Simulation‐based medical education (SBME) is rapidly advancing with tools such as three-dimensional printers to assist with the development of anatomically correct silicone models for the rehearsal of high acuity, low occurrence procedural skills [1]. Such models can be created from 3D printed molds, designed to provide more advanced haptic simulation for medical students and clinicians. Specialized fields such as obstetrics and gynecology benefit from such medical simulation opportunities to rehearse procedural skills in a safe learning environment, specifically to practice complex suturing patterns as applied in postpartum perineal repair [2]. Despite the emphasis on such procedural accuracy, a recent study revealed that a majority of obstetrics and gynecology students are not adequately prepared to independently perform such complex surgical skills at the end of their medical residency due to a lack of hands-on experience [3]. For simulation training purposes, trainees have commonly used synthetic sponges and raw beef tongues to represent female anatomy for the purpose of practicing perineal laceration suturing techniques [4]. However, such artificial objects and animal anatomy fail to accurately replicate the anatomical structure of female genitalia, thus does not provide ideal simulation training for such specialized procedures. Furthermore, the variability of animal anatomy does not allow for standardization of practice or consistent assessments [5].

Perineal injuries are a common occurrence during childbirth, affecting approximately 90% of women to varying degrees during natural vaginal delivery [6]. Perineal injuries involve the development of a laceration between the vaginal opening and anal sphincter region, also known as the perineum. Such injuries typically occur during prolonged labour, when the crown of the baby’s head is breaching the vaginal opening or when the shoulders pass, causing the perineum skin and or soft subcutaneous tissue to form a midline or mediolateral tear [7]. Perineal suturing occurs once the baby is delivered and the surgeon or resident can examine and categorize the severity of the soft tissue tear. The extent of the tear, determines its classification of severity, ranging from first and second degree, lower order magnitude wounds to third and fourth degree, higher order magnitude wounds [8]. Although the lower order lacerations are considered to be lower risk, higher frequency postpartum procedures, they can still present an increased risk to the patient if repaired incorrectly with complications including infection, chronic pain and sexual dysfunction [9]. The lower order lacerations are an area that family doctors are trained to repair; however, it is not a frequently rehearsed procedure due to the assistance of residents and more specialized obstetricians who often perform such procedures. The higher order, third and fourth-degree injuries, also known as obstetrical anal sphincter injuries (OASIS) are more complex in nature and can potentially cause fecal incontinence if repaired incorrectly, thus require more advanced suturing techniques and competency to repair [10].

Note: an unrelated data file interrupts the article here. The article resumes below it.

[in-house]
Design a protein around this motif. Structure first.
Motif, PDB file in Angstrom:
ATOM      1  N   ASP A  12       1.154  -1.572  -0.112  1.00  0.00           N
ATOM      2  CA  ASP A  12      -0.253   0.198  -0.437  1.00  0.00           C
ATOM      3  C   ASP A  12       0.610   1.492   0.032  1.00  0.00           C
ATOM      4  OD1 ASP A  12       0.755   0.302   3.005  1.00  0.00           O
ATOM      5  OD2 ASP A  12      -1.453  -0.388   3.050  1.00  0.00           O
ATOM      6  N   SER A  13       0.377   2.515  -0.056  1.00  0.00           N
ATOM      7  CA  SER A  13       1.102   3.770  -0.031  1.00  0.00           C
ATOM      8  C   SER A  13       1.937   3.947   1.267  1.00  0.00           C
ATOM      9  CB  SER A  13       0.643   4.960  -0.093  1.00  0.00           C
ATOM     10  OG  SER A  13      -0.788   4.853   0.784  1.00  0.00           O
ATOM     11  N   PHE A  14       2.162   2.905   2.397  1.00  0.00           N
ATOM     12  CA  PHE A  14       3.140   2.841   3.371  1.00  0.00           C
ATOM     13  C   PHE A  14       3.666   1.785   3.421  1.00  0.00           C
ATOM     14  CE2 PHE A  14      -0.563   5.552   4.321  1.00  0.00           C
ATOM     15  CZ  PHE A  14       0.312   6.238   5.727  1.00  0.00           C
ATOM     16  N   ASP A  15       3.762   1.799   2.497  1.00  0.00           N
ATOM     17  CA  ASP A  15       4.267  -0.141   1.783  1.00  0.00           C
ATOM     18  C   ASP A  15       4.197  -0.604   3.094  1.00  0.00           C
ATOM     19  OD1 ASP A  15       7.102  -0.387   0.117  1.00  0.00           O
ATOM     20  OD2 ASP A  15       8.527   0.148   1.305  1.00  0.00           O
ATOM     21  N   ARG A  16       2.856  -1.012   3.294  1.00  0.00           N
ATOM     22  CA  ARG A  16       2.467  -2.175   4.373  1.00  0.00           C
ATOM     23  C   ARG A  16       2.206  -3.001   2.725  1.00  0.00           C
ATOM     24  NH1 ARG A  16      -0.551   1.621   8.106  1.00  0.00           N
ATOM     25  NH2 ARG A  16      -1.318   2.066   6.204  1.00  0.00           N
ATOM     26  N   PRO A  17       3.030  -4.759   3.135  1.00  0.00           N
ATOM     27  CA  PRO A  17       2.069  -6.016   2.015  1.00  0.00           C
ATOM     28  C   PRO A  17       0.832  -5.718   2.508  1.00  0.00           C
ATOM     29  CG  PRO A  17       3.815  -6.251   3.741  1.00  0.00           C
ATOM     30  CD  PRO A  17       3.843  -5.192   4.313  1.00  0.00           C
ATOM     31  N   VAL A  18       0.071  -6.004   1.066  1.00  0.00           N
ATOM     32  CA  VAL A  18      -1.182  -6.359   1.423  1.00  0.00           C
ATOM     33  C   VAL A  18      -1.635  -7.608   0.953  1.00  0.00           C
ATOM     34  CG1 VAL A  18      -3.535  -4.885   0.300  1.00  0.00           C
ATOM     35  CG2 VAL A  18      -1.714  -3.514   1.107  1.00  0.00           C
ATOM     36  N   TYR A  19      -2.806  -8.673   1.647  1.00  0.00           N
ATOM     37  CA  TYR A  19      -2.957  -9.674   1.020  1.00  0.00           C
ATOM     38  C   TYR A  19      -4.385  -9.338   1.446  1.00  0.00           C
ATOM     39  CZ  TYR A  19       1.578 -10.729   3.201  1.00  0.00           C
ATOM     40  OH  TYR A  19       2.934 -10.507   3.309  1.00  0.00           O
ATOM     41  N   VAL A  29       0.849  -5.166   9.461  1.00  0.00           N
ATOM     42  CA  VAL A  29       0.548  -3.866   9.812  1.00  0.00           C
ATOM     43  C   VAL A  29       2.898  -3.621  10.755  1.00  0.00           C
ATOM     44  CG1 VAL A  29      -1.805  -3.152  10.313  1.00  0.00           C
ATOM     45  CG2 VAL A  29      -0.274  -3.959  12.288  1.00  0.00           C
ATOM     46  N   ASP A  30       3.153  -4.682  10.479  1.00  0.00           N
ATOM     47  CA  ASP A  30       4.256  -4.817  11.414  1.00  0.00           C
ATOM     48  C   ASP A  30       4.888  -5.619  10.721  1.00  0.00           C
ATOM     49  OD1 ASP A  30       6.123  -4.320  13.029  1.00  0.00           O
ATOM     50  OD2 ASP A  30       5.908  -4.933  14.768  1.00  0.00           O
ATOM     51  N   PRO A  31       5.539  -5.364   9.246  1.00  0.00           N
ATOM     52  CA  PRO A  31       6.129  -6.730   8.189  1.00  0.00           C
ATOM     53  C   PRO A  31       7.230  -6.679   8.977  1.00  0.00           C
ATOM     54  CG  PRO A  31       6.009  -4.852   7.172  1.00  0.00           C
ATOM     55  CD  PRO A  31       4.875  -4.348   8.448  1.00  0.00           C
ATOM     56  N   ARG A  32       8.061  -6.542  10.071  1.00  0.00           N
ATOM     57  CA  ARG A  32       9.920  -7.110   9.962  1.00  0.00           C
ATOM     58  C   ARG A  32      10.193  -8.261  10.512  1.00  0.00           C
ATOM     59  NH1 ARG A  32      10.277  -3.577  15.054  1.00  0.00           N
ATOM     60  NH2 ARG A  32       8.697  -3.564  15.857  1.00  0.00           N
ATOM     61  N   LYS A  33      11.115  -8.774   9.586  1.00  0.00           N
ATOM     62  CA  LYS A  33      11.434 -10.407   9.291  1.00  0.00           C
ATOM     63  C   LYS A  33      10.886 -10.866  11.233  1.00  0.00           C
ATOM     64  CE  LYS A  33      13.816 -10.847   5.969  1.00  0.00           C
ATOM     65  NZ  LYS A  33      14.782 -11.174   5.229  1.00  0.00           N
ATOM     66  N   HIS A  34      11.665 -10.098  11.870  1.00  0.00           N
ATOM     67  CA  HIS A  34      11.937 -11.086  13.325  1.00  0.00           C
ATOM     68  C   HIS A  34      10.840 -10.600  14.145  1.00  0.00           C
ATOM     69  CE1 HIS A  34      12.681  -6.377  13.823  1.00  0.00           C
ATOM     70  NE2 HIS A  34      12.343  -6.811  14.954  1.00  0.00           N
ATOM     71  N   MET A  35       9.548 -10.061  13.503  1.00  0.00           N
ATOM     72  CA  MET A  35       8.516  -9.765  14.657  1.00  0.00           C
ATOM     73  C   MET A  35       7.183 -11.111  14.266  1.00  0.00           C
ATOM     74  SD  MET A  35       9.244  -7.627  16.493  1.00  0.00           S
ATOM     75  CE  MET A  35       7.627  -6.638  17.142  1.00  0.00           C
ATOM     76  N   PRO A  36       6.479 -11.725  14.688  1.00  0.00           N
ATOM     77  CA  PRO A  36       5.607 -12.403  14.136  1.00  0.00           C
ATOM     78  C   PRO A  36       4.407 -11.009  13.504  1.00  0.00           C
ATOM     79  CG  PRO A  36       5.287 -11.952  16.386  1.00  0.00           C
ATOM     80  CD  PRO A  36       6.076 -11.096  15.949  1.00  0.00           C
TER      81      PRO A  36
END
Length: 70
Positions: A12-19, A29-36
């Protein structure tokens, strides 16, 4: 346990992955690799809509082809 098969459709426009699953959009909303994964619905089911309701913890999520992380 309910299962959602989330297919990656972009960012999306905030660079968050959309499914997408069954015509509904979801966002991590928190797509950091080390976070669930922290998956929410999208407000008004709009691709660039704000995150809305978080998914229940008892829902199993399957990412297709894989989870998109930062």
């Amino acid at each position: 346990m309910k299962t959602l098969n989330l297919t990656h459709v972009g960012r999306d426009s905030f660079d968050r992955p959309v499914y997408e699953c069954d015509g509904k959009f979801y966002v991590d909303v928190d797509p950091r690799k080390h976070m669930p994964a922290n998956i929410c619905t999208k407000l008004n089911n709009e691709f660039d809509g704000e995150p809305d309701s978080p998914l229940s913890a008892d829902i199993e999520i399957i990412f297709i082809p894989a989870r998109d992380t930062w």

The focus of this technical report is on the description of a novel, anatomical silicone perineum model, created from a 3D printed mold, to simulate the suturing of first- and second-degree perineal tears. Specifically, the mold was developed using the negative of a customized pre-existing stereolithography (.stl) file, which was printed, filled with silicone and the addition of a layer of mesh material for the purpose of holding sutures. This silicone perineum repair model served as a first iteration prototype for training and feedback purposes at the Rural and Remote Conference held in St. John’s on April 14, 2018.